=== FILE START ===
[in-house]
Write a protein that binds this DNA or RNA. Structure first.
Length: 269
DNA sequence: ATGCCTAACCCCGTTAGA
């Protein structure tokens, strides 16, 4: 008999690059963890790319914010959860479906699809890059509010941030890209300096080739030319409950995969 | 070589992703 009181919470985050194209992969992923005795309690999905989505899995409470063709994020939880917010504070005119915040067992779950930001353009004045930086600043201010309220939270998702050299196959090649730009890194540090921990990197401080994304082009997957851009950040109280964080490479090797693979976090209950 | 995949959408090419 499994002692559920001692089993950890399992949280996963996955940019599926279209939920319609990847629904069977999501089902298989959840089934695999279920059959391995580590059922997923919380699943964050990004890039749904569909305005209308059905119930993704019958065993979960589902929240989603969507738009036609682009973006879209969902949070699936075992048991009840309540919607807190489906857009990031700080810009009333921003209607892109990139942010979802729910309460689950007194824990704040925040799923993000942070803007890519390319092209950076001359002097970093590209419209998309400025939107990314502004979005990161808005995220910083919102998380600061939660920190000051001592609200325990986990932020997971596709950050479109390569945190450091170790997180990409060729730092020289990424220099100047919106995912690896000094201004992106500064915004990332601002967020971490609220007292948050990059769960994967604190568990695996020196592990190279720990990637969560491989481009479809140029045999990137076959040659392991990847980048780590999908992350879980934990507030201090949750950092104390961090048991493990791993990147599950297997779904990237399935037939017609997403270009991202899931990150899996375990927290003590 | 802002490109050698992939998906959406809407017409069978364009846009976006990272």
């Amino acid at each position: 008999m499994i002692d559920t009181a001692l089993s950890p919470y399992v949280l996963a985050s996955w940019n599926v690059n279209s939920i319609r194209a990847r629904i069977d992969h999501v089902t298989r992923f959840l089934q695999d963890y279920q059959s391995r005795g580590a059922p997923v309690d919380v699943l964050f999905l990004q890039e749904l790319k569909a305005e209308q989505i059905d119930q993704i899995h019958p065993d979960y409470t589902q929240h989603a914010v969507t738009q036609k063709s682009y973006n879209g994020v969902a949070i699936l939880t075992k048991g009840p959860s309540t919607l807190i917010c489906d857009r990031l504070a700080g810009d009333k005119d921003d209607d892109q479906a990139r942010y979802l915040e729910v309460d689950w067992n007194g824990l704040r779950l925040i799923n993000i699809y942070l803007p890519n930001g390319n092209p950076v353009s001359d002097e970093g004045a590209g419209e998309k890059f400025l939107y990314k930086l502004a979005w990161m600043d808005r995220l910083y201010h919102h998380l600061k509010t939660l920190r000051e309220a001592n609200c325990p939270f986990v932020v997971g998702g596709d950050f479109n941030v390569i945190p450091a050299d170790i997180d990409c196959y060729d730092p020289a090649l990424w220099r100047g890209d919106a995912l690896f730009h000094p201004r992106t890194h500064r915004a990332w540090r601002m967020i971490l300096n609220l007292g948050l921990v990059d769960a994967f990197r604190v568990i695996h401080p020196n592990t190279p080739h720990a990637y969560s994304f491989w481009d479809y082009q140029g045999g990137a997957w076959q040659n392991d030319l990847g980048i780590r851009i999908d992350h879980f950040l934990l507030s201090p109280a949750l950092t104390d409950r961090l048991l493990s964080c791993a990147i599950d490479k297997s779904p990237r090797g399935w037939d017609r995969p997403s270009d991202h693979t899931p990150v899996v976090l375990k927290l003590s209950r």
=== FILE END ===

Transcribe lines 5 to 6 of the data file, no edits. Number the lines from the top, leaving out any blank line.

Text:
């Protein structure tokens, strides 16, 4: 008999690059963890790319914010959860479906699809890059509010941030890209300096080739030319409950995969 | 070589992703 009181919470985050194209992969992923005795309690999905989505899995409470063709994020939880917010504070005119915040067992779950930001353009004045930086600043201010309220939270998702050299196959090649730009890194540090921990990197401080994304082009997957851009950040109280964080490479090797693979976090209950 | 995949959408090419 499994002692559920001692089993950890399992949280996963996955940019599926279209939920319609990847629904069977999501089902298989959840089934695999279920059959391995580590059922997923919380699943964050990004890039749904569909305005209308059905119930993704019958065993979960589902929240989603969507738009036609682009973006879209969902949070699936075992048991009840309540919607807190489906857009990031700080810009009333921003209607892109990139942010979802729910309460689950007194824990704040925040799923993000942070803007890519390319092209950076001359002097970093590209419209998309400025939107990314502004979005990161808005995220910083919102998380600061939660920190000051001592609200325990986990932020997971596709950050479109390569945190450091170790997180990409060729730092020289990424220099100047919106995912690896000094201004992106500064915004990332601002967020971490609220007292948050990059769960994967604190568990695996020196592990190279720990990637969560491989481009479809140029045999990137076959040659392991990847980048780590999908992350879980934990507030201090949750950092104390961090048991493990791993990147599950297997779904990237399935037939017609997403270009991202899931990150899996375990927290003590 | 802002490109050698992939998906959406809407017409069978364009846009976006990272």
């Amino acid at each position: 008999m499994i002692d559920t009181a001692l089993s950890p919470y399992v949280l996963a985050s996955w940019n599926v690059n279209s939920i319609r194209a990847r629904i069977d992969h999501v089902t298989r992923f959840l089934q695999d963890y279920q059959s391995r005795g580590a059922p997923v309690d919380v699943l964050f999905l990004q890039e749904l790319k569909a305005e209308q989505i059905d119930q993704i899995h019958p065993d979960y409470t589902q929240h989603a914010v969507t738009q036609k063709s682009y973006n879209g994020v969902a949070i699936l939880t075992k048991g009840p959860s309540t919607l807190i917010c489906d857009r990031l504070a700080g810009d009333k005119d921003d209607d892109q479906a990139r942010y979802l915040e729910v309460d689950w067992n007194g824990l704040r779950l925040i799923n993000i699809y942070l803007p890519n930001g390319n092209p950076v353009s001359d002097e970093g004045a590209g419209e998309k890059f400025l939107y990314k930086l502004a979005w990161m600043d808005r995220l910083y201010h919102h998380l600061k509010t939660l920190r000051e309220a001592n609200c325990p939270f986990v932020v997971g998702g596709d950050f479109n941030v390569i945190p450091a050299d170790i997180d990409c196959y060729d730092p020289a090649l990424w220099r100047g890209d919106a995912l690896f730009h000094p201004r992106t890194h500064r915004a990332w540090r601002m967020i971490l300096n609220l007292g948050l921990v990059d769960a994967f990197r604190v568990i695996h401080p020196n592990t190279p080739h720990a990637y969560s994304f491989w481009d479809y082009q140029g045999g990137a997957w076959q040659n392991d030319l990847g980048i780590r851009i999908d992350h879980f950040l934990l507030s201090p109280a949750l950092t104390d409950r961090l048991l493990s964080c791993a990147i599950d490479k297997s779904p990237r090797g399935w037939d017609r995969p997403s270009d991202h693979t899931p990150v899996v976090l375990k927290l003590s209950r």